Continued fundraising for Broadway Cares/Equity Fights AIDS by Hugh Jackman (over a million dollars!) and Judith Light. Both amazing members of our community who would (in Jackman's case, literally) give the shirts off their backs for Broadway's most important charity.

Amazing singing by some great new talent, including: Steve Kazee singing "Leave" in Once, Melissa van der Schyff singing “That’s What You Call A Dream” from Bonnie and Clyde, Jessie Mueller stealing On a Clear Day right out from under Harry Connick, Jr. during "Every Night At Seven," Patina Miller raising her voice in "Sister Act," and Lindsay Mendez belting “Bless the Lord” in Godspell.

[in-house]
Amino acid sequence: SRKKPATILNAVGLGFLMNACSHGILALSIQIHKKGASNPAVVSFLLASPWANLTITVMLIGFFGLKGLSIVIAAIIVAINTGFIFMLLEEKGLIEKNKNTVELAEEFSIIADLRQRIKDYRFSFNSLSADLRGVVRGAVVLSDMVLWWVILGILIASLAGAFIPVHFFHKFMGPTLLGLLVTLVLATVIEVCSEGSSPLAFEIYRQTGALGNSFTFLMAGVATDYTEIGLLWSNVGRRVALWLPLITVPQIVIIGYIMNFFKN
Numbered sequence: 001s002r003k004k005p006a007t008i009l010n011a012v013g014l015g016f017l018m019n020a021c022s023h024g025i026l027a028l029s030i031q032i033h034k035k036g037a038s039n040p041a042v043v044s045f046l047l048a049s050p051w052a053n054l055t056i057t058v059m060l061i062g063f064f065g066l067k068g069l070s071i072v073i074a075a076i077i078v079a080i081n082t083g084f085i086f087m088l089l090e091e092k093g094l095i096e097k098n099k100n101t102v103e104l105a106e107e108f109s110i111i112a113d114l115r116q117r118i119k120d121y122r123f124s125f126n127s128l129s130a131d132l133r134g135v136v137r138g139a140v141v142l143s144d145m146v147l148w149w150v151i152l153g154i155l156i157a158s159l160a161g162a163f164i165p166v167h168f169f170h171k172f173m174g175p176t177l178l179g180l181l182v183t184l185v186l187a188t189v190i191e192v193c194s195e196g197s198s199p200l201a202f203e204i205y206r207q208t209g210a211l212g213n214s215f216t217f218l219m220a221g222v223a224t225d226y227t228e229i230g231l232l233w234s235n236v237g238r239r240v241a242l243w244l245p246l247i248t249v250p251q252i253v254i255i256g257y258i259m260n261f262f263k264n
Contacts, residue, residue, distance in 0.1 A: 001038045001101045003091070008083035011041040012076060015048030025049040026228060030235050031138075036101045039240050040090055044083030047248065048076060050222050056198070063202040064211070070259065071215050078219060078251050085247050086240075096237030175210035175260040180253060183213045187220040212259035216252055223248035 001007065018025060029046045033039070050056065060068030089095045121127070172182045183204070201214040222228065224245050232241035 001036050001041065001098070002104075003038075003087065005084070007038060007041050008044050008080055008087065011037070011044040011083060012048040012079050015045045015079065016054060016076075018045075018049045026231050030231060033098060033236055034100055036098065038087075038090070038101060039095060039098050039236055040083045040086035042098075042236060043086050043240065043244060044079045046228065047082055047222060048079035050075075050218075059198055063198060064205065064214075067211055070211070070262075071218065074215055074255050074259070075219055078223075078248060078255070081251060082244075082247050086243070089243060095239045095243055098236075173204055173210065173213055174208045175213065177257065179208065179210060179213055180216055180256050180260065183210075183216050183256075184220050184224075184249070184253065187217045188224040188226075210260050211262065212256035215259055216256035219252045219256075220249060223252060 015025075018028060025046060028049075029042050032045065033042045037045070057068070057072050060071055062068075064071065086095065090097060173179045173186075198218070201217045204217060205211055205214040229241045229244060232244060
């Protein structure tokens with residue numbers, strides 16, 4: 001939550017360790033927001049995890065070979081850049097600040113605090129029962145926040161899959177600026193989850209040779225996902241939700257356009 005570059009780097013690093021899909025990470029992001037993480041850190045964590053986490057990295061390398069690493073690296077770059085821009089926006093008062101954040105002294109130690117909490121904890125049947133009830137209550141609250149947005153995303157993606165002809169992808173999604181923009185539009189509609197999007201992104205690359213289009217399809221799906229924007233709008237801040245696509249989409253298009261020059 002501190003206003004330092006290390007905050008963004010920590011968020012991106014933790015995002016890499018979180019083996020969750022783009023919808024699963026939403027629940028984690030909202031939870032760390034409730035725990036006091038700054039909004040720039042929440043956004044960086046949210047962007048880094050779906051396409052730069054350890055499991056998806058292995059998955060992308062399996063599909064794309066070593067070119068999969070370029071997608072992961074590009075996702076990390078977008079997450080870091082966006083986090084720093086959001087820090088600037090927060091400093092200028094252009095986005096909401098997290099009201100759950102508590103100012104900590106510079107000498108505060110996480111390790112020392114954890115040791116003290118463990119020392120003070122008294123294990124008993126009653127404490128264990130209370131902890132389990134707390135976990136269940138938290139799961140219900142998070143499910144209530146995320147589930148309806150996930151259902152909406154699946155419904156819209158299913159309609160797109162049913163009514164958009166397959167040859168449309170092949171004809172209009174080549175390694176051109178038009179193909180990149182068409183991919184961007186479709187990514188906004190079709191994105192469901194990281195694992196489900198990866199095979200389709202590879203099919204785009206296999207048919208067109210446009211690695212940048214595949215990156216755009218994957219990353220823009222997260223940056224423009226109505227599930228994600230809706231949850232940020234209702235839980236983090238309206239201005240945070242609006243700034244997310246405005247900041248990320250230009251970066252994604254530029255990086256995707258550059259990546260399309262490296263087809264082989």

Audra McDonald and Norm Lewis in The Gershwin's Porgy and Bess.
photo by Michael Lutch
Seth Rudetsky, Playbill Contributing Writer

Norm Lewis interpolated high note at the end of "I Got Plenty Of Nuthin'" in Porgy and Bess. So shocking, unexpected and crazily well-sung. Only surpassed by his singing and moving interpretation of the show's final song which left me with tears coming from my eyes.

Audra McDonald coming out on stage [in Porgy and Bess] and within one minute singing an operatic high B! Take that, people who only know her from "The Practice"!

I love the way Benjamin Schrader (in Book Of Mormon) sings "So you won't burn in he-e-e-e-e-e-e-ello-o-o-o-o-o!" in the opening number. I rewind it all the time!

Terri White's sassy tap dancing in Follies. When I was playing piano at Rose's Turn and she was a waitress, I knew she was a beltress...but who knew she could haul out the pull backs?!?!?!!? Patti LuPone having the nerve to have the exact same range she had in 1979. I've said it before and I'll say it again; the next revival of The Picture of Dorian Gray should star her larynx.